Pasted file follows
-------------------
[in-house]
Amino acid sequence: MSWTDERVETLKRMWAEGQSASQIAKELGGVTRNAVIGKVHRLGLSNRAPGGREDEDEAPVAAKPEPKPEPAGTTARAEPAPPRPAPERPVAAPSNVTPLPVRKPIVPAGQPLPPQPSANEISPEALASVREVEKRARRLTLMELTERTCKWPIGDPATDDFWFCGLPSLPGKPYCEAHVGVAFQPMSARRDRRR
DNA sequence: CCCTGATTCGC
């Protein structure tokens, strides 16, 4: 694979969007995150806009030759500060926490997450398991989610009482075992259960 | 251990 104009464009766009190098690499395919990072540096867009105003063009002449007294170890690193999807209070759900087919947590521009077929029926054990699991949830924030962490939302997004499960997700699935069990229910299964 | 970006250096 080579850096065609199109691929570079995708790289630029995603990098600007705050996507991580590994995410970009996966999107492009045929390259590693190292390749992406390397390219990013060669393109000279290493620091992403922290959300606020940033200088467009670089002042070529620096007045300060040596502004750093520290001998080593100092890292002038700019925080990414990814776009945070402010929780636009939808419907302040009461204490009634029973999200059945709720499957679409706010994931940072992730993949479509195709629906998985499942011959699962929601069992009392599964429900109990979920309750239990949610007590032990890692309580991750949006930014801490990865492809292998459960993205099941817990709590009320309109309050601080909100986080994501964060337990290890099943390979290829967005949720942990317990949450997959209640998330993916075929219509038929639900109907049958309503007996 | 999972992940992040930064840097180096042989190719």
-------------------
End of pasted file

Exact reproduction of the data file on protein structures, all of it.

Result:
[in-house]
Amino acid sequence: MSWTDERVETLKRMWAEGQSASQIAKELGGVTRNAVIGKVHRLGLSNRAPGGREDEDEAPVAAKPEPKPEPAGTTARAEPAPPRPAPERPVAAPSNVTPLPVRKPIVPAGQPLPPQPSANEISPEALASVREVEKRARRLTLMELTERTCKWPIGDPATDDFWFCGLPSLPGKPYCEAHVGVAFQPMSARRDRRR
DNA sequence: CCCTGATTCGC
């Protein structure tokens, strides 16, 4: 694979969007995150806009030759500060926490997450398991989610009482075992259960 | 251990 104009464009766009190098690499395919990072540096867009105003063009002449007294170890690193999807209070759900087919947590521009077929029926054990699991949830924030962490939302997004499960997700699935069990229910299964 | 970006250096 080579850096065609199109691929570079995708790289630029995603990098600007705050996507991580590994995410970009996966999107492009045929390259590693190292390749992406390397390219990013060669393109000279290493620091992403922290959300606020940033200088467009670089002042070529620096007045300060040596502004750093520290001998080593100092890292002038700019925080990414990814776009945070402010929780636009939808419907302040009461204490009634029973999200059945709720499957679409706010994931940072992730993949479509195709629906998985499942011959699962929601069992009392599964429900109990979920309750239990949610007590032990890692309580991750949006930014801490990865492809292998459960993205099941817990709590009320309109309050601080909100986080994501964060337990290890099943390979290829967005949720942990317990949450997959209640998330993916075929219509038929639900109907049958309503007996 | 999972992940992040930064840097180096042989190719």